This week I was alerted to an issue that resonated deeply with me. I was asked to sign a petition in support of the Shaar Hagai Kennels, who are facing eviction by the Israel Government Lands Authority. Tied up in this legal battle is the fate of the Canaan dog, a breed of dog most closely related to the dogs depicted in the bible. After reading of how the kennel owner moved to the desolate location 42 years ago as a Zionist seeking to settle the land and breed these dogs, my interest was piqued. Why was the Land Authority threating to evict them, and to what purpose was the Israeli government planning to put the land in question? I dug deeper, and found the website of http://canaandogs.info/ which illustrates the care and dedication that Myrna Shiboleth, the owner of Shaar Hagai Kennels, has put into the breeding of these beautiful dogs. I also read a fascinating article in the Washington Post regarding this story. The article states that, "the Canaan dog — one of the oldest known breeds of pariah dogs — is the focus of a battle that pitches people who believe in the value of preserving the primitive breed . . . against modern bureaucracy. As often is the case in Israel, land use is at the heart of the battle." This article also includes some history of the preservation and restoration of native & biblical species in Israel beyond the Canaan dog. I must admit I am intrigued by the idea of repopulating the Holy Land with the flora and fauna of biblical times, and think that there is much potential for growth by developing a more sophisticated environmental tourism industry in Israel. Can you imagine seeing lions and leopards while on safari in Israel? Ezekiel 34:25 states that G-d will "banish wild beasts from the land", but nevertheless, the idea of the Holy Land being (re)populated with the plants and animals native to the area during biblical times is a praiseworthy goal.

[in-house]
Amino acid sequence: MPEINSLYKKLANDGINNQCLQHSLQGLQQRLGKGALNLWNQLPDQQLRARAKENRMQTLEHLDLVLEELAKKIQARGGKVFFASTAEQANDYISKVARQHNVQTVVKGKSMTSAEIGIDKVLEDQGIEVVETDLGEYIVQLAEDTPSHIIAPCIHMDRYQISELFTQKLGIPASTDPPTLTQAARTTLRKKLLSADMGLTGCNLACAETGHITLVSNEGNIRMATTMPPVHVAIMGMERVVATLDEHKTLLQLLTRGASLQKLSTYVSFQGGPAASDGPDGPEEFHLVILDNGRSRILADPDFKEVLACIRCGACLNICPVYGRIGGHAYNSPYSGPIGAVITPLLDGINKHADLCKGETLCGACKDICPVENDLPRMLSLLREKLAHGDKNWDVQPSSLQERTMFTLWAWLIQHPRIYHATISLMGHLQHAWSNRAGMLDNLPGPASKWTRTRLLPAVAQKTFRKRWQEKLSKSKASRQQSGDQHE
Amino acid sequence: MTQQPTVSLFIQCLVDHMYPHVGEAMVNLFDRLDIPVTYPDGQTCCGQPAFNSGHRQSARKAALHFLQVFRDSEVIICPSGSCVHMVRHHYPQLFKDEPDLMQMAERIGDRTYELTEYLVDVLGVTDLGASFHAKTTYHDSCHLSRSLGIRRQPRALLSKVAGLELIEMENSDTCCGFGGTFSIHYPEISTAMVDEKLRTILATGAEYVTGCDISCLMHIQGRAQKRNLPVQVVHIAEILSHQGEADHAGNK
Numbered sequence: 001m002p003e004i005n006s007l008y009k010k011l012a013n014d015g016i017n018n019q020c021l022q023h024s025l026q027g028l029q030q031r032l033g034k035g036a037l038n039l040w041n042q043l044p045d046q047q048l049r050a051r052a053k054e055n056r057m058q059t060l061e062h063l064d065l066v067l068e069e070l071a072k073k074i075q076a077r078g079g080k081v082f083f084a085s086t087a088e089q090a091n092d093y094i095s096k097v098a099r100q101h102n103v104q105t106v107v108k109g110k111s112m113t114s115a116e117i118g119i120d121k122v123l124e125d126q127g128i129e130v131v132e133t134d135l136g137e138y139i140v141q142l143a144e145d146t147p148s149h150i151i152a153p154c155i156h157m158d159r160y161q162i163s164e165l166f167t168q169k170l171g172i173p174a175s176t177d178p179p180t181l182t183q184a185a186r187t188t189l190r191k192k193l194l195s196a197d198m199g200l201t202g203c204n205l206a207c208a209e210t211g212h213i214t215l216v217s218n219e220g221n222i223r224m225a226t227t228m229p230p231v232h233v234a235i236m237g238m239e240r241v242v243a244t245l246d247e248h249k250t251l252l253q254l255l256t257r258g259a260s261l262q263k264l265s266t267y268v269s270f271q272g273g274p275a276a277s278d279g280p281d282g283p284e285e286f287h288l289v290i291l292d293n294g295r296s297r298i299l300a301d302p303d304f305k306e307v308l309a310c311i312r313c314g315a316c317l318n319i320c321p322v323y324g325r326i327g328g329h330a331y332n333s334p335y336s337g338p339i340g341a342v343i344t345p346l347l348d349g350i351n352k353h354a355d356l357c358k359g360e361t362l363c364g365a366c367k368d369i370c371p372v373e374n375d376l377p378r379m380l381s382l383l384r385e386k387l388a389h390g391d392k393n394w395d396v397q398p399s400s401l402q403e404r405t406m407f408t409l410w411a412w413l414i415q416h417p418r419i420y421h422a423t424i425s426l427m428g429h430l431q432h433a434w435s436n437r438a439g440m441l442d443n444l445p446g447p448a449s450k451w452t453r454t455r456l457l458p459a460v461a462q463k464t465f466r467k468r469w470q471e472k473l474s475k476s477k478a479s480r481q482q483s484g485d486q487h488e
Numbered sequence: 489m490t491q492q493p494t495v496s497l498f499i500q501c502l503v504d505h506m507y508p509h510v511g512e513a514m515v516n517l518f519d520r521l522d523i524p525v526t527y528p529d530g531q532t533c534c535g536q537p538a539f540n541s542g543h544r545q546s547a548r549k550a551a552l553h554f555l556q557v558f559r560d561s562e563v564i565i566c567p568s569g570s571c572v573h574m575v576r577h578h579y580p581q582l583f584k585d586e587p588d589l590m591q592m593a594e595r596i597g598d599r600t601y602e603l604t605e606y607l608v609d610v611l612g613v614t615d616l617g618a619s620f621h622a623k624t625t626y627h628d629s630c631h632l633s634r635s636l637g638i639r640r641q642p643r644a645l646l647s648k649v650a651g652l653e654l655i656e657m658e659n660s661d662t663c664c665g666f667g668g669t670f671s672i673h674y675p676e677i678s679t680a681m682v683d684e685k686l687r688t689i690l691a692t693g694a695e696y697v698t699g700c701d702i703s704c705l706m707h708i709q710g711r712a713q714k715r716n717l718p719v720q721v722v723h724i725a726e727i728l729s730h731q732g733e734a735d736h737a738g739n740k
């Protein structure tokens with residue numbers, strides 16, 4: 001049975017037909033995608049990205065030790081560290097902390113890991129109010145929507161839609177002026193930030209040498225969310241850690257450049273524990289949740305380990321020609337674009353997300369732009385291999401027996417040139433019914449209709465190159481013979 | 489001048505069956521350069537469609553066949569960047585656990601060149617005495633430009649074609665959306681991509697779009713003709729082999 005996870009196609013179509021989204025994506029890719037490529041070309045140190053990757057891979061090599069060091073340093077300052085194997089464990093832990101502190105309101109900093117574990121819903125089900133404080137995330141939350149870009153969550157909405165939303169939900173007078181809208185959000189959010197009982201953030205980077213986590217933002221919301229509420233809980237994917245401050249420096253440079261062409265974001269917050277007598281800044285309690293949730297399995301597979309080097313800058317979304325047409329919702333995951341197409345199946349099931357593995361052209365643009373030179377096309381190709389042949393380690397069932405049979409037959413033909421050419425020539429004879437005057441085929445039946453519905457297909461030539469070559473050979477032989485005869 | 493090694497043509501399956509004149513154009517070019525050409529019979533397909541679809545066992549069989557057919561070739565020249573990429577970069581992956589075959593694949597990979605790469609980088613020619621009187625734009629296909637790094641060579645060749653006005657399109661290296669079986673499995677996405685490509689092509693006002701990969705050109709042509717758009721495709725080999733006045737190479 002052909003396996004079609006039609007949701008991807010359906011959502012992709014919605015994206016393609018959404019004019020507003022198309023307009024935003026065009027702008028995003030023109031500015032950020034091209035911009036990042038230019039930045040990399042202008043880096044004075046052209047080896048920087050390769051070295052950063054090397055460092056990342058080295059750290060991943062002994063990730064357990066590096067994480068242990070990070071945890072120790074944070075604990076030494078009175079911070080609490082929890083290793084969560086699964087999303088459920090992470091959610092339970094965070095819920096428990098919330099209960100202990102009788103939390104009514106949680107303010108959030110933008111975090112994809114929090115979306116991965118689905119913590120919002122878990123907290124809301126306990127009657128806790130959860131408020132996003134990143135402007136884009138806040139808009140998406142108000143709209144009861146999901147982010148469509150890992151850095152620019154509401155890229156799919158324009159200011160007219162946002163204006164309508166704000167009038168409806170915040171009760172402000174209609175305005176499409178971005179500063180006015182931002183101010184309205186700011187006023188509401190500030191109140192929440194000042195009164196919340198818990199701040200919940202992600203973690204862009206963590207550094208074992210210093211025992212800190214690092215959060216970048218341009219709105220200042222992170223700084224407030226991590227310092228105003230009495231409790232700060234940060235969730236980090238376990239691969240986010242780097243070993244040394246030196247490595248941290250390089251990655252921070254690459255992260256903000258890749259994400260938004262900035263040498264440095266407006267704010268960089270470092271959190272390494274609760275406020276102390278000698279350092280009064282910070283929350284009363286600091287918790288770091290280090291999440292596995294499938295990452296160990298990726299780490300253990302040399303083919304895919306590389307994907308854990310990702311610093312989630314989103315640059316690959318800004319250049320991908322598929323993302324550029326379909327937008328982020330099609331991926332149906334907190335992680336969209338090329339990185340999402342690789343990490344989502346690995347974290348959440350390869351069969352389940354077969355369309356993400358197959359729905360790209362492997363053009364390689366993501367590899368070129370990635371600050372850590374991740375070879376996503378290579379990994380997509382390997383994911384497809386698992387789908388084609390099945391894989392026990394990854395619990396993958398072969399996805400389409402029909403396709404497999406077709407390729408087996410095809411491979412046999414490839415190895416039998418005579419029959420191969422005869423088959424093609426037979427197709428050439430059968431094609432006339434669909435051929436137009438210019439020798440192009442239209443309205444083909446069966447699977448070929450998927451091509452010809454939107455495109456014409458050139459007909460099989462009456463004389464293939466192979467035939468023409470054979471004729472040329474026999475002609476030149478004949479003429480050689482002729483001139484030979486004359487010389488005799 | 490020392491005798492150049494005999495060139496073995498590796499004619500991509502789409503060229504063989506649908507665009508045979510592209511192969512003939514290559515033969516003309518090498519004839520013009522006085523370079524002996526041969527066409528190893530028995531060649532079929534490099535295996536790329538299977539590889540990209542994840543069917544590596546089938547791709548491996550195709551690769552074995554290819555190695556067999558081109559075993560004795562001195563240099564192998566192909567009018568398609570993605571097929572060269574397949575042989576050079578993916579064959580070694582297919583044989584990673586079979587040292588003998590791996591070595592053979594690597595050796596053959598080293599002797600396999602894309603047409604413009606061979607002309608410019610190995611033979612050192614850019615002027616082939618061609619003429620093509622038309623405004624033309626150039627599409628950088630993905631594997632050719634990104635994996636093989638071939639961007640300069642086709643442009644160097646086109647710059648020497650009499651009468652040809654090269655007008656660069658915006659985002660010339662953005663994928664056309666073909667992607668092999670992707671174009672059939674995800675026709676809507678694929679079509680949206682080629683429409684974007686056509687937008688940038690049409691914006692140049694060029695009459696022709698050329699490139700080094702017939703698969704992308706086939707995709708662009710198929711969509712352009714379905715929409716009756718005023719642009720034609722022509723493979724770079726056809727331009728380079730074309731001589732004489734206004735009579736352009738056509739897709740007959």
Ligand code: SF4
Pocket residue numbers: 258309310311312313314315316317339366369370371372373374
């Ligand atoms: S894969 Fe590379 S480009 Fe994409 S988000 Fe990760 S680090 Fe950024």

From an Environmentalist perspective, I am concerned about the fate of the Canaan dog, as I am for many native and indigenous species around the globe. Without continued introduction of genetic diversity into the breeding stock from wild sources, the future of the Canaan dog is imperiled. The choices we make as to which species we cultivate and which we attempt to eliminate have profound implications on the health of the ecosystem. Judaism teaches us that all species are to be preserved on the Earth. Nachmanides, in discussing Biblical prohibitions against mixing species ("Kilayim"), slaughtering an animal and its offspring on the same day, taking the mother bird when taking the eggs or young offspring, and castration, suggests that these laws emerge from a concern that all species be preserved and not disappear from this world. (commentary to Leviticus 19:19 and Deut. 22:6) This concern is given pragmatic rationale in the Talmud (Shabbat 77b): "Of all that the Holy One, Blessed be He, created in His world, He did not create a single thing without purpose…" There then follows a list of medicinal uses for even the lowliest of creatures such as snails, flies and mosquitoes. If all species are to be preserved, how much more so those native to the Holy Land and specifically named in Scripture, like the Canaan dog. Our ancestors Abraham, Isaac, and Jacob were sheepherders, and likely used the Canaan dog's ancestors to help manage the flocks. Canaan dogs are no less useful to us today, where they are used by the Israeli military as guard dogs and to detect bombs. One organization of note that fights on behalf of endangered and threatened species worldwide is the Center For Biological Diversity, who put out a great weekly listserve email, (and who also sell beautiful organic cotton t-shirts for only $12, which make great gifts). Another worthy project is the Israel Longhorn Project, which promotes the breeding of the more robust Texas Longhorn cattle with the more passive European breeds currently in production in Israel in order to create a breed better suited to Israel's desert climate.